One of the things that frightens me the most about my looming motherhood status is not the sleepless nights and the never-ending flood of poopy diapers and the crying and screaming and colic and everything else that is scary about babies and infants and toddlers.

It’s that K and I will be expected to raise a person. From tinyhood to bighood. The tinyhood parts don’t faze me [that much]. I’ve been a babysitter, I’ve been a live-in nanny. For all my real-life abrasiveness and sarcasm and bone-dry wit, I [think I] have surprisingly motherly instincts. I check up on people, I want them to be safe and well and happy and protected and learned. I’m melty and gooey about babies and kids and even grown-ups, and I want to huddle them all under my wing and keep them safe.

But I have never spent give-or-take 18 straight years with someone who needed me at almost every step of the way in some form or another. I have never had to teach a child about death or life or illness or politics or religion or sex or driving a car or balancing a checkbook or operating a washing machine or being a kind, successful, intelligent, capable, well-rounded human being.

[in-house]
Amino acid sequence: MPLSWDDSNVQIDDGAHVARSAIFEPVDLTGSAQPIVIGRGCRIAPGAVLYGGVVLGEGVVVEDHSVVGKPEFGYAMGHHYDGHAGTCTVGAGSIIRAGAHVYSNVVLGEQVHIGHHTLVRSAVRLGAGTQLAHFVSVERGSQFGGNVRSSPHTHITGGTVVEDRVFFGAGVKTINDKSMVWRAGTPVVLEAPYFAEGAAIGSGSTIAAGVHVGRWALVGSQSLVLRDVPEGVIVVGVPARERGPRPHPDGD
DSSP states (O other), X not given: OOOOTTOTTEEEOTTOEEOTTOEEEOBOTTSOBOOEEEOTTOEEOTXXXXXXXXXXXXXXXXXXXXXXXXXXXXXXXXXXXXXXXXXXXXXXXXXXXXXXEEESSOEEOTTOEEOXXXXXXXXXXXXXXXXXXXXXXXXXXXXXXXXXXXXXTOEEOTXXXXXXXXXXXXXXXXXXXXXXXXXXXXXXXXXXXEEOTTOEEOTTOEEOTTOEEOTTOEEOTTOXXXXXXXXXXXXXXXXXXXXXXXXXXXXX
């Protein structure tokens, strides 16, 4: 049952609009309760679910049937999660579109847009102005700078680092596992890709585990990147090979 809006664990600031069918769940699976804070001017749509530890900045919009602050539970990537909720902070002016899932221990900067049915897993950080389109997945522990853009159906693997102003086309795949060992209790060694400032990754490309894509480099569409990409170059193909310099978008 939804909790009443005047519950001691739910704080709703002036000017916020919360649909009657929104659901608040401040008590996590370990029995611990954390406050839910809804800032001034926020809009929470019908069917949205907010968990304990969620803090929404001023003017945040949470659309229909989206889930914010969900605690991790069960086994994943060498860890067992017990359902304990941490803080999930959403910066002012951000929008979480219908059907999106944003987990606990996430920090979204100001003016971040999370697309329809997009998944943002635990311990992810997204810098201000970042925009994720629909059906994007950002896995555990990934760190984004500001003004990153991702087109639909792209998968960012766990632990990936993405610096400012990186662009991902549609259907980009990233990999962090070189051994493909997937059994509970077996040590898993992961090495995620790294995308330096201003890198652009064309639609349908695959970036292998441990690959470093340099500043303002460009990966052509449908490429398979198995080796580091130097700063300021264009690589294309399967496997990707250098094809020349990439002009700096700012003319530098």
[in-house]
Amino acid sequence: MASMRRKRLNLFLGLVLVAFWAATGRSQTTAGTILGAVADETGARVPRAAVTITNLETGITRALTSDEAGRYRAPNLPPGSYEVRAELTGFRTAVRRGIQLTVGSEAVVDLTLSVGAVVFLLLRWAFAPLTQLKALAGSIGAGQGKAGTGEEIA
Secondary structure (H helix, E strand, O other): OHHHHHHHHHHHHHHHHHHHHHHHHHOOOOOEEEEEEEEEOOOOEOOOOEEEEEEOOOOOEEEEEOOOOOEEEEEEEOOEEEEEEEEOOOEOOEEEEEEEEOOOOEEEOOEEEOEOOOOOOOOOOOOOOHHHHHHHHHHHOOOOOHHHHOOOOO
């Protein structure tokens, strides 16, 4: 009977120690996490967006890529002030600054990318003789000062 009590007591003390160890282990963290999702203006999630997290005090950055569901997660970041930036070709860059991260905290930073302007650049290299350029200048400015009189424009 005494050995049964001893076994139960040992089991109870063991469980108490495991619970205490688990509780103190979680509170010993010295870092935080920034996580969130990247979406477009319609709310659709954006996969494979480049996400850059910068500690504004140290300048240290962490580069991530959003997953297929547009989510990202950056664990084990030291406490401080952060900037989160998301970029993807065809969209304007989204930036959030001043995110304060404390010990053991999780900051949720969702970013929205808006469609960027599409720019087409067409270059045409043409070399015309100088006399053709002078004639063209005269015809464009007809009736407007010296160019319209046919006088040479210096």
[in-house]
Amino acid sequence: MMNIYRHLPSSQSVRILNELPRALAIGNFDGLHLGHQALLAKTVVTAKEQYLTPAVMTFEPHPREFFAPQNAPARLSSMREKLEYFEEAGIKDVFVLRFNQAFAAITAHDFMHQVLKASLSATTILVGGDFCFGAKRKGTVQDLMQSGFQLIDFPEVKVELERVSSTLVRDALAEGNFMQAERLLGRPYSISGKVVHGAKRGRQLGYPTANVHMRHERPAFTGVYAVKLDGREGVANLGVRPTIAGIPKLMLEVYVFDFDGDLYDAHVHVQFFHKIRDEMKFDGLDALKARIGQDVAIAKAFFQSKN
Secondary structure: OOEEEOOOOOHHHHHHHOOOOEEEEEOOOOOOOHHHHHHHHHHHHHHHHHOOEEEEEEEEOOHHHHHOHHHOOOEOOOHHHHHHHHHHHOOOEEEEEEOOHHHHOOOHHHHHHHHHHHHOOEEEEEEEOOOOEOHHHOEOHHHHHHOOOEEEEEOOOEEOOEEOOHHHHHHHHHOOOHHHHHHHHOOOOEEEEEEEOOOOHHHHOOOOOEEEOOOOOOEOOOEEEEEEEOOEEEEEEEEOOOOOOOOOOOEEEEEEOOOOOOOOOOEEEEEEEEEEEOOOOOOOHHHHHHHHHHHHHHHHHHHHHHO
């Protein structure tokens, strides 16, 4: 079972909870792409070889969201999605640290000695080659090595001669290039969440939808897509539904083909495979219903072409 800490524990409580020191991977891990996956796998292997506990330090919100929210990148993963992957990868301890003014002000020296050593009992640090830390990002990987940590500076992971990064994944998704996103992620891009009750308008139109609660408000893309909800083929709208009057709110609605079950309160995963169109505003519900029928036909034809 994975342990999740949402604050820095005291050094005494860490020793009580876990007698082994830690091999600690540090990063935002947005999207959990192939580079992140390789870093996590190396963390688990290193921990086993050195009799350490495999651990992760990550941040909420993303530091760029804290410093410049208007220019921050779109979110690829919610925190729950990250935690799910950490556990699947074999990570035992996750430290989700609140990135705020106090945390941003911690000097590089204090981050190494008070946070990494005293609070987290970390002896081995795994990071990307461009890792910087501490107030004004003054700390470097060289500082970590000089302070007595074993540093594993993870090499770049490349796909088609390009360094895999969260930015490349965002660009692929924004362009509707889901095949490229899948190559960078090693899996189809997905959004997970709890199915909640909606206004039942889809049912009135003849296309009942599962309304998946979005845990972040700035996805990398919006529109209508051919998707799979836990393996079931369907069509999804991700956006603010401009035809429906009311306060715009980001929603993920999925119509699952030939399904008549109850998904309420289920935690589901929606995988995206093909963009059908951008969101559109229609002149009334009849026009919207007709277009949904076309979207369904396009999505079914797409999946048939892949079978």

I’m not even good at a lot of those, myself.

The times I think “I can’t do this” the most are the times when I imagine Future Evie, as a kid who’s being bullied, or who has difficulty with math, or who doesn’t know what she wants to major in, or hits her first raccoon driving on a backcountry road late at night, or having boy [or girl] troubles, or needs to be in therapy, or is in an abusive relationship, or experimenting with drugs, or oh my god all the things that can go wrong. I’m fairly confident in my abilities to handle her up until school projects aren’t fun and she no longer gets a recess in her school day, but what then?

How can I do this? How do I make an adult? Without screwing her up in our learning journey? Will I improve myself simply by virtue of working hard to make the best human being we can possibly create? Is there a book not on how to raise a child, but how to raise a good adult?